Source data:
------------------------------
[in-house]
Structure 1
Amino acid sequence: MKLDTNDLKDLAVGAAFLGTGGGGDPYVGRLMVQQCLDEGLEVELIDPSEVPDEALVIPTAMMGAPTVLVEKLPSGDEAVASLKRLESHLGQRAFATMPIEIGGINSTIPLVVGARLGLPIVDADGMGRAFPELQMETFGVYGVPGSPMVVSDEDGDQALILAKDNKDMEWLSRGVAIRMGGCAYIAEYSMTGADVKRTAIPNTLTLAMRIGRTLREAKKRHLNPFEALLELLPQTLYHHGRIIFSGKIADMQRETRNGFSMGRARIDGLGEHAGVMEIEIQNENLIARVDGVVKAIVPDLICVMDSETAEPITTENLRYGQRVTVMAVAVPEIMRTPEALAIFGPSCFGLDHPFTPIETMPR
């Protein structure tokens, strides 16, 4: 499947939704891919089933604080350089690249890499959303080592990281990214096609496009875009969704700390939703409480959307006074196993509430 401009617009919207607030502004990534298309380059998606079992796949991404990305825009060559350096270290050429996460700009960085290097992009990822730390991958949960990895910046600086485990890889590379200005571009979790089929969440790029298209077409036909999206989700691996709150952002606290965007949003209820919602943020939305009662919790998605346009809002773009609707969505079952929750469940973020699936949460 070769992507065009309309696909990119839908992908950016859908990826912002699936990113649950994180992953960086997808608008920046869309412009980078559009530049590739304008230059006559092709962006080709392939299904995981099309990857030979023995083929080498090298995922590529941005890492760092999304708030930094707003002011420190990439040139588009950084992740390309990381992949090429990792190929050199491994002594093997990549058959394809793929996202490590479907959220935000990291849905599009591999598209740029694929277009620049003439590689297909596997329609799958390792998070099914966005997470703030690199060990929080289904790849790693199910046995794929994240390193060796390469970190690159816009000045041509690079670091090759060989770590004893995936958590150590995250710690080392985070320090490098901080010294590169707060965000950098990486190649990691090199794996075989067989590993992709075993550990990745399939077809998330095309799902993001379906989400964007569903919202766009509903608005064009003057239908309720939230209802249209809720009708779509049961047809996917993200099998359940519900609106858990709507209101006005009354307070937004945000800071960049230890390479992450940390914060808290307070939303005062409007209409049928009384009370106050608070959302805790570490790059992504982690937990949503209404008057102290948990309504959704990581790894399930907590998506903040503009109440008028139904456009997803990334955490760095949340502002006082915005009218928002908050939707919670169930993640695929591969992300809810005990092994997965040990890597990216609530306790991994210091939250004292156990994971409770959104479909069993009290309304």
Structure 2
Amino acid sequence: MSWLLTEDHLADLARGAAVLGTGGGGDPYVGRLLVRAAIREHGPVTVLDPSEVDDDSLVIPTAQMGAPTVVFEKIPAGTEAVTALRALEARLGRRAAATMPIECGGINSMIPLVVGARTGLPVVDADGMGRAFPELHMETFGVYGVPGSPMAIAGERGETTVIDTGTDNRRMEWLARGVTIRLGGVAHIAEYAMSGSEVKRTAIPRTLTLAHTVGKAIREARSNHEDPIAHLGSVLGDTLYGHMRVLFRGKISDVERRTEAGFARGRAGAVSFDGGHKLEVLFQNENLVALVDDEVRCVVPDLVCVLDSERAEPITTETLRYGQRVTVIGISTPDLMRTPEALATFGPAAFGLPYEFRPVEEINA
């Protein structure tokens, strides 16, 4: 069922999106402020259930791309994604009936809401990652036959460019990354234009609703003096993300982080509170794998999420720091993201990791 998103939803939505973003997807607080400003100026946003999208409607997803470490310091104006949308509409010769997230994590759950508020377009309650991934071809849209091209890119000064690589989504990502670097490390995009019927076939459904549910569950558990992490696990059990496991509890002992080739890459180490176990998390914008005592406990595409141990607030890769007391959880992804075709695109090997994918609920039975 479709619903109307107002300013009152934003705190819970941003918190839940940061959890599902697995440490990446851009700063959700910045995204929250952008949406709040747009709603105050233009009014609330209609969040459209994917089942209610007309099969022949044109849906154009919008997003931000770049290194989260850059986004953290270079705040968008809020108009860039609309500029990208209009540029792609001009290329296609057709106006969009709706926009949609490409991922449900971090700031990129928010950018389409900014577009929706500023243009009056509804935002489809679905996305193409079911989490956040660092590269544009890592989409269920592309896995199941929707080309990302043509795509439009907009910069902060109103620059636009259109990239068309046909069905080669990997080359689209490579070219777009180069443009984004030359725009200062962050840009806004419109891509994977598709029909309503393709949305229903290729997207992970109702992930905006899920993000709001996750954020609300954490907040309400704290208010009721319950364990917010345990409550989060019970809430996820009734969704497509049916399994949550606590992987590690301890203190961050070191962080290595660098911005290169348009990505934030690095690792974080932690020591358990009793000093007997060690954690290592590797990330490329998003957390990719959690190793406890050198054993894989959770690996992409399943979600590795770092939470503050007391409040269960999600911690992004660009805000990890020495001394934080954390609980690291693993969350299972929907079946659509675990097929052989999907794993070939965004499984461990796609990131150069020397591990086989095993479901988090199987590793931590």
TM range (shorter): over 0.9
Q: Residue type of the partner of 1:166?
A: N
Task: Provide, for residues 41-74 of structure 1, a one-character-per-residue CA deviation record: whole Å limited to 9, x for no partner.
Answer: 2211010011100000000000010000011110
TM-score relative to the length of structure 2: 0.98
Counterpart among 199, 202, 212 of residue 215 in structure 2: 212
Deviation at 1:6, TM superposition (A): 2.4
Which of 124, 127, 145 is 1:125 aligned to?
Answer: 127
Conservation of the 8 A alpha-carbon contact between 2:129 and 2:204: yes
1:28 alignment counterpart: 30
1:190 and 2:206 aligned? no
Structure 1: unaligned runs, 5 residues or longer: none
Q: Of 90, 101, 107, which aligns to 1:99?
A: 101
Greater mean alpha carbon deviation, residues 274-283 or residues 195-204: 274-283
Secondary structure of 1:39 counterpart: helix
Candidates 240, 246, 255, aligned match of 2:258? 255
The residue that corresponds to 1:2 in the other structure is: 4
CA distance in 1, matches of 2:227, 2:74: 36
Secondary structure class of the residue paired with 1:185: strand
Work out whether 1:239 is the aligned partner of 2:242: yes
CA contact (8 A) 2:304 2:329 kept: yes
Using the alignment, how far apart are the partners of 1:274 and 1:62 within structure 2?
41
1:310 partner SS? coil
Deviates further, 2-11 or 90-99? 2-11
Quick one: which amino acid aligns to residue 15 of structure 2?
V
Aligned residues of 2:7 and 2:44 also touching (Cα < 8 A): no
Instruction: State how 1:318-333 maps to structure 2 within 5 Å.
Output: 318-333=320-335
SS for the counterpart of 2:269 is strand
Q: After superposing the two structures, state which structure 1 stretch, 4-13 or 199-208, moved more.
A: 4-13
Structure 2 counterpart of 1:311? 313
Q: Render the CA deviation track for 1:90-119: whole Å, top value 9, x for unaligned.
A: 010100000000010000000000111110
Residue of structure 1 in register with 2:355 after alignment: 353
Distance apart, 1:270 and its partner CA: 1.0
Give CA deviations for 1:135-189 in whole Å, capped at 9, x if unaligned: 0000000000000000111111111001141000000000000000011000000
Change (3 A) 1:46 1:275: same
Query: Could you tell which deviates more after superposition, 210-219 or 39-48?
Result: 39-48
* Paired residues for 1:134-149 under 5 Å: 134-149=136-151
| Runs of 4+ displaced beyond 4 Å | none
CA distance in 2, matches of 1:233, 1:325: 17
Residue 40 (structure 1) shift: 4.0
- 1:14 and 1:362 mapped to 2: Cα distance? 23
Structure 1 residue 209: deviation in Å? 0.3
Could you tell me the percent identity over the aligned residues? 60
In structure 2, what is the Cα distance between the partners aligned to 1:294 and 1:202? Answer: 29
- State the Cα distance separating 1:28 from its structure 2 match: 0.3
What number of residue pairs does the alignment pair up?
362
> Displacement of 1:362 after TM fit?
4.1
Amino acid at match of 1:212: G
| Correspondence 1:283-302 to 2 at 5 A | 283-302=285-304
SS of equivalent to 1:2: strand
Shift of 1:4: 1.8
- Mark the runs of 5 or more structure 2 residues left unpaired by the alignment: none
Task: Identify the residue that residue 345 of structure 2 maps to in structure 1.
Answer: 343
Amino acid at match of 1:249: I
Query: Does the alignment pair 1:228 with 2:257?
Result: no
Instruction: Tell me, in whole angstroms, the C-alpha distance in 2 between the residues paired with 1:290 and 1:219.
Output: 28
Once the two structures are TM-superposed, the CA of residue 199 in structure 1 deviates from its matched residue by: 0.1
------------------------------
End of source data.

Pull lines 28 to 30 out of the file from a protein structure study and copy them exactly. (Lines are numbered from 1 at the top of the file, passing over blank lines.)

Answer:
CA distance in 1, matches of 2:227, 2:74: 36
Secondary structure class of the residue paired with 1:185: strand
Work out whether 1:239 is the aligned partner of 2:242: yes